May 26 2007
Norway is full of rocks, but very few of them have any particular value in knapping. Flint is only occationally found on the southern coast in small pebbles and rhylite in one location in the west. Quartzite is too hard, quartz breaks a little irregularly and lots of others are more or less useful.
I had heard that quartz responds to heat treating, so I decided to test high grade quartz, quartzite and something that resembles metabasalt. The flakes, no more than an inch thick, were buried a few centimetres below the surface. A small fire was made on top and maintained for between 1 and 2 hours.
I then brushed the coals aside and let the ground cool for a little while. My immediate reaction when digging up the flakes were that the pieces of quartz seemed more shiny and glossy. There was no visible difference on the quartzite and metabasalt.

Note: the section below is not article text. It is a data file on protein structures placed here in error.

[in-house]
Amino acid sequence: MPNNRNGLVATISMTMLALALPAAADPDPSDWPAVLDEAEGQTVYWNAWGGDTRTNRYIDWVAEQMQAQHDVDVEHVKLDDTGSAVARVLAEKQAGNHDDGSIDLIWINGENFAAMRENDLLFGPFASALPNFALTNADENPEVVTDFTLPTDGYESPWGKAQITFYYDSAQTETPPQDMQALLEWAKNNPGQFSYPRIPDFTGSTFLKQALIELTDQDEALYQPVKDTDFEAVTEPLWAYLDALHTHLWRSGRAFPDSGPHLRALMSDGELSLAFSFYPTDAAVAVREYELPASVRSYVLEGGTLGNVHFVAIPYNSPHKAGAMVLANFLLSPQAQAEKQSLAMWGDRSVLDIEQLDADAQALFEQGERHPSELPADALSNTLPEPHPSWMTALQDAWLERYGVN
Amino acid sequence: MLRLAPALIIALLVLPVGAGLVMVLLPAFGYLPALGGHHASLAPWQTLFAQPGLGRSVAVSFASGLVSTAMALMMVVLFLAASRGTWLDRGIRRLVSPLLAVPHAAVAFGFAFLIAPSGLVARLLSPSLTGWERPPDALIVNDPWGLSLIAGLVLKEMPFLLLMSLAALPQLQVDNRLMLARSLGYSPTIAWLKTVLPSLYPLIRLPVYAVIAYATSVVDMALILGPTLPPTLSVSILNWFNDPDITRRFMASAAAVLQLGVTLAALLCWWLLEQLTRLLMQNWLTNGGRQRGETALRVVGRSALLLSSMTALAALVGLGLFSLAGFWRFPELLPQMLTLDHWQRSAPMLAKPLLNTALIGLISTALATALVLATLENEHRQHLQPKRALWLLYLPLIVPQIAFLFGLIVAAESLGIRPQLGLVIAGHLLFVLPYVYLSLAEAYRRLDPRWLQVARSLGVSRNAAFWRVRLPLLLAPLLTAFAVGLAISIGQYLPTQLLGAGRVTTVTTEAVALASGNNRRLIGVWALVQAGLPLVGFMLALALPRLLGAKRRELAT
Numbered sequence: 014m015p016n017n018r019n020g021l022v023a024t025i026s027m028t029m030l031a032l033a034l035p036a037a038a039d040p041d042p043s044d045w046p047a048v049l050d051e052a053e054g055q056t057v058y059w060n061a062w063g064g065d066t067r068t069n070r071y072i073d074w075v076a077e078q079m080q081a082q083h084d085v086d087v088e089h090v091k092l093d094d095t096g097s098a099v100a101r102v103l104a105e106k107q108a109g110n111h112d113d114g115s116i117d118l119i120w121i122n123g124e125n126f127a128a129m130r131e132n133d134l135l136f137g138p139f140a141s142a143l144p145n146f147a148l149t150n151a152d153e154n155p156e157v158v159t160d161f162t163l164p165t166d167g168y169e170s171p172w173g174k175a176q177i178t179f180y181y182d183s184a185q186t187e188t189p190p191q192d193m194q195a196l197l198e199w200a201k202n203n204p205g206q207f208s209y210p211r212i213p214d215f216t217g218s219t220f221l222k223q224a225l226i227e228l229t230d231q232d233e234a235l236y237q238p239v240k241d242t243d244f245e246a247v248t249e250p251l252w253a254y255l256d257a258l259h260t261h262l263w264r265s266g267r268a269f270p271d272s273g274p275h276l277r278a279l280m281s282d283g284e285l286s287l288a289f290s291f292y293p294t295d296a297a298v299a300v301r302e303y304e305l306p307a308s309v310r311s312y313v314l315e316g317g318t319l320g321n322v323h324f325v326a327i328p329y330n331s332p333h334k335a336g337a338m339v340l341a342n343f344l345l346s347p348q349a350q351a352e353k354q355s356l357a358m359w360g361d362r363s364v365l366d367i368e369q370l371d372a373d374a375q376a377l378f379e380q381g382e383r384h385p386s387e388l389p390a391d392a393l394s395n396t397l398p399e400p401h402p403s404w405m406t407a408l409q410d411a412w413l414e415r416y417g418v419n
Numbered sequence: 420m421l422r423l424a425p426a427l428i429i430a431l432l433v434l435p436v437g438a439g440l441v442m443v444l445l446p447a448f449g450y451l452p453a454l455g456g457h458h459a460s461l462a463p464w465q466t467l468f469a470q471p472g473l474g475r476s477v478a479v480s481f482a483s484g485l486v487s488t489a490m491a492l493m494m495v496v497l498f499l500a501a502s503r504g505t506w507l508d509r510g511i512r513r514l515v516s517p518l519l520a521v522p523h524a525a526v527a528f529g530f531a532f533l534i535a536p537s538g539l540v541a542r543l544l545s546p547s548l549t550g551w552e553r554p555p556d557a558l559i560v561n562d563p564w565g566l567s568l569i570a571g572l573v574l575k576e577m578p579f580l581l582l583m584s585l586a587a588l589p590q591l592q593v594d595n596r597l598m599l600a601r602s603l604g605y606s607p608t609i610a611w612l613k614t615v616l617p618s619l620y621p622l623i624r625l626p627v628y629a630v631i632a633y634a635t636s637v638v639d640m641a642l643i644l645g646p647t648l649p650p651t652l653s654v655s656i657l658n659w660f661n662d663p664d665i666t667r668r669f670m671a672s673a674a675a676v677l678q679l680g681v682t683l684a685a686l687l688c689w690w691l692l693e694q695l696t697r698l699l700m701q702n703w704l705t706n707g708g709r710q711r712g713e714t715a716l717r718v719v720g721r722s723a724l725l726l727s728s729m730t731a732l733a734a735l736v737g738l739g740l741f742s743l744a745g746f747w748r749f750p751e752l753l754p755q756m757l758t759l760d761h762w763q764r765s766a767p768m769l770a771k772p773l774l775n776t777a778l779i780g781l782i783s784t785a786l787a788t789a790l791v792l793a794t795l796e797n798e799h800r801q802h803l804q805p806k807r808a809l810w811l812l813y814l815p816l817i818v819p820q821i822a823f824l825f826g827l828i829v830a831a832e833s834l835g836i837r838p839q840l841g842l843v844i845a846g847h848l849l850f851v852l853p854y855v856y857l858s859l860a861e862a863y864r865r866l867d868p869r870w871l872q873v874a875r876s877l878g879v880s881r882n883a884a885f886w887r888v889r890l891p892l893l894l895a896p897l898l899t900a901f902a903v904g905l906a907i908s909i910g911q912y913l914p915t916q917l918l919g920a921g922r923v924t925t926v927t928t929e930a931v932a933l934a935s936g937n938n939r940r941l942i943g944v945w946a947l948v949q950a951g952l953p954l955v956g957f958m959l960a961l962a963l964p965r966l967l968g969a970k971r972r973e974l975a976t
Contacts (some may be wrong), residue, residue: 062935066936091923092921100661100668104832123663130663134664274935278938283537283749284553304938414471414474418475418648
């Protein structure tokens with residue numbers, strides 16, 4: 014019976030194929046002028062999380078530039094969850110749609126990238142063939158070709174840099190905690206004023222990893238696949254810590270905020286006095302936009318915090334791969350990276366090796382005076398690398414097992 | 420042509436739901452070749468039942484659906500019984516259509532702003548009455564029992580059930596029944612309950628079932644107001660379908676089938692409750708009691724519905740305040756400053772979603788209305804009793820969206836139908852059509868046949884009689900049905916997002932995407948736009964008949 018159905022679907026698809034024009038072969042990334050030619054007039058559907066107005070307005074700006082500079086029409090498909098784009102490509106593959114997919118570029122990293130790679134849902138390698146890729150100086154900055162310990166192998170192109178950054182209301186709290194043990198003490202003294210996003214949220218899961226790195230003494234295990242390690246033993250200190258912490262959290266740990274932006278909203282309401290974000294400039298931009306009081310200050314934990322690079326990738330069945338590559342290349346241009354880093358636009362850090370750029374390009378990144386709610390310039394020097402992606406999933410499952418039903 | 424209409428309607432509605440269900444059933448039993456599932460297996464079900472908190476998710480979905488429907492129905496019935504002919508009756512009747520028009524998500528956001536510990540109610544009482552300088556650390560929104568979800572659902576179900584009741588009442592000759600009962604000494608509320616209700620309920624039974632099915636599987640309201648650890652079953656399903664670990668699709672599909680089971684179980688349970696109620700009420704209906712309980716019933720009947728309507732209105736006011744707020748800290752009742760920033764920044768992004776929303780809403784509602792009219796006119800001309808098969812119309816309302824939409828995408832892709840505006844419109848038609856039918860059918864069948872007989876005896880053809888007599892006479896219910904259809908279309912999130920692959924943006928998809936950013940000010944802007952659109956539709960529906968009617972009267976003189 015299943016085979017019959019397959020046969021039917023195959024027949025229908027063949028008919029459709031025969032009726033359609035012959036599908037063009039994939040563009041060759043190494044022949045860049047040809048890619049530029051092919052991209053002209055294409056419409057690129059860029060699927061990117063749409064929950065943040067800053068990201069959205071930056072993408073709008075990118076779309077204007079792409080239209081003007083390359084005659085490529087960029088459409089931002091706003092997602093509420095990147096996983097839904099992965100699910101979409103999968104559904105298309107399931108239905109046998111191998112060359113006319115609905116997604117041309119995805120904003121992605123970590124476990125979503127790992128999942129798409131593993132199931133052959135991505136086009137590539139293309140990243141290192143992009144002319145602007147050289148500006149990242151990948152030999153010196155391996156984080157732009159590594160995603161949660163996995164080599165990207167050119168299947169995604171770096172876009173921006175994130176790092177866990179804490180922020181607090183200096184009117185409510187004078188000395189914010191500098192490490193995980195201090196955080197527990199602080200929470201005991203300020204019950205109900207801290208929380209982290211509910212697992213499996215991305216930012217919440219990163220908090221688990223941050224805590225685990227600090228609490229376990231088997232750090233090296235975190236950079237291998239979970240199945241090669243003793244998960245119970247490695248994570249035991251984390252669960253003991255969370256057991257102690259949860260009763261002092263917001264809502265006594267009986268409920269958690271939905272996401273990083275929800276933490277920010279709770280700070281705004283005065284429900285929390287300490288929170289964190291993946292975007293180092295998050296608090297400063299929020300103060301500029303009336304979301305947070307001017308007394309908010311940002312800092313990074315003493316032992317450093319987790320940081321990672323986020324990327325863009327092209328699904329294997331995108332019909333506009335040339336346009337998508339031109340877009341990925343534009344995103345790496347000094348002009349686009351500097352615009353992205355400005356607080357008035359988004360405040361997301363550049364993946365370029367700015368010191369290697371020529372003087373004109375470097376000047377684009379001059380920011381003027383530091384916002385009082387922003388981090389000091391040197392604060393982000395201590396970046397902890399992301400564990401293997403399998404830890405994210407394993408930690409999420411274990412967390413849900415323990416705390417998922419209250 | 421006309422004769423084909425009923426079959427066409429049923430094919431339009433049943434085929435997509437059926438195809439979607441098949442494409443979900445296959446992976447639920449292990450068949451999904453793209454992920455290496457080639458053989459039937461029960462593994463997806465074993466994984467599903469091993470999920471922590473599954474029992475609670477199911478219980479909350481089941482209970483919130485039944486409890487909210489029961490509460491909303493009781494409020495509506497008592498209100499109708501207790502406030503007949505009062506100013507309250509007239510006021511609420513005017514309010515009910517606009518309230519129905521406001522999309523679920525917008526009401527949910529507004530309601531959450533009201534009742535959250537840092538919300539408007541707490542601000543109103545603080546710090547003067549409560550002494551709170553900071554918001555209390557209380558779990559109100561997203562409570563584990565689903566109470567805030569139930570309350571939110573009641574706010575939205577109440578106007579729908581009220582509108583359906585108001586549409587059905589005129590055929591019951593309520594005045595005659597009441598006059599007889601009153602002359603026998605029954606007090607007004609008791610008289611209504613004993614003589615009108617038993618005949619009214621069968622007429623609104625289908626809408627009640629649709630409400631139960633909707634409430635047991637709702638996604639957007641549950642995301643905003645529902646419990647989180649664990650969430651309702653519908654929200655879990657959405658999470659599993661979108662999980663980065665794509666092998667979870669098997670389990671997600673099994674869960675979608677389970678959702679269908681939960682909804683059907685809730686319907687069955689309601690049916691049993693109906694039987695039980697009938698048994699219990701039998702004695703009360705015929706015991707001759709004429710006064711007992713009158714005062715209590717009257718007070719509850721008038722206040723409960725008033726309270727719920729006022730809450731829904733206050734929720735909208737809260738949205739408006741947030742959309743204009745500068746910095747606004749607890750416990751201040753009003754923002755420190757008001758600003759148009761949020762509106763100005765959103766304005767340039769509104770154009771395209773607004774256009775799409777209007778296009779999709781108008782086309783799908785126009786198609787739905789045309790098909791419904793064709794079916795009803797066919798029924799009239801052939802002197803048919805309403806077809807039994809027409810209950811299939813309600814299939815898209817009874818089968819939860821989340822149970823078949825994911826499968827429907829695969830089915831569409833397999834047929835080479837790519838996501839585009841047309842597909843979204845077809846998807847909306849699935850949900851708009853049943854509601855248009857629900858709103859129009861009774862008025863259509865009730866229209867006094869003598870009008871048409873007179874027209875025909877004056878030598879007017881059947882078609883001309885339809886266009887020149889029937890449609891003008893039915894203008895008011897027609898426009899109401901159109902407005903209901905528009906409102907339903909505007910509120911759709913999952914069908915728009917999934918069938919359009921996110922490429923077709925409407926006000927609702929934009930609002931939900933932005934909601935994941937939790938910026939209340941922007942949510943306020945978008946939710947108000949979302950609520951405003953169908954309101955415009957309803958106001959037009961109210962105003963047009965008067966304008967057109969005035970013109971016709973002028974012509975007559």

When testing the pieces I found that the quartz knapped much easier. The flakes travelled easier and didn’t step in the regular fashion. It also felt sharper. On the quartzite, which supposedly doesn’t respond to heat treating I found a small positive change, although it may be just my bias. The metabasalt just became more brittle and crumbled under any flaking.
I didn’t expect any change during such a short time of exposure to such relatively small temperatures. As the results were quite pleasing, I’m not sure much more would be recommended with the quartz, since it may become too brittle, but it may be worth experimenting with higher temperatures and/or longer time in the ground with quartzite.Regards
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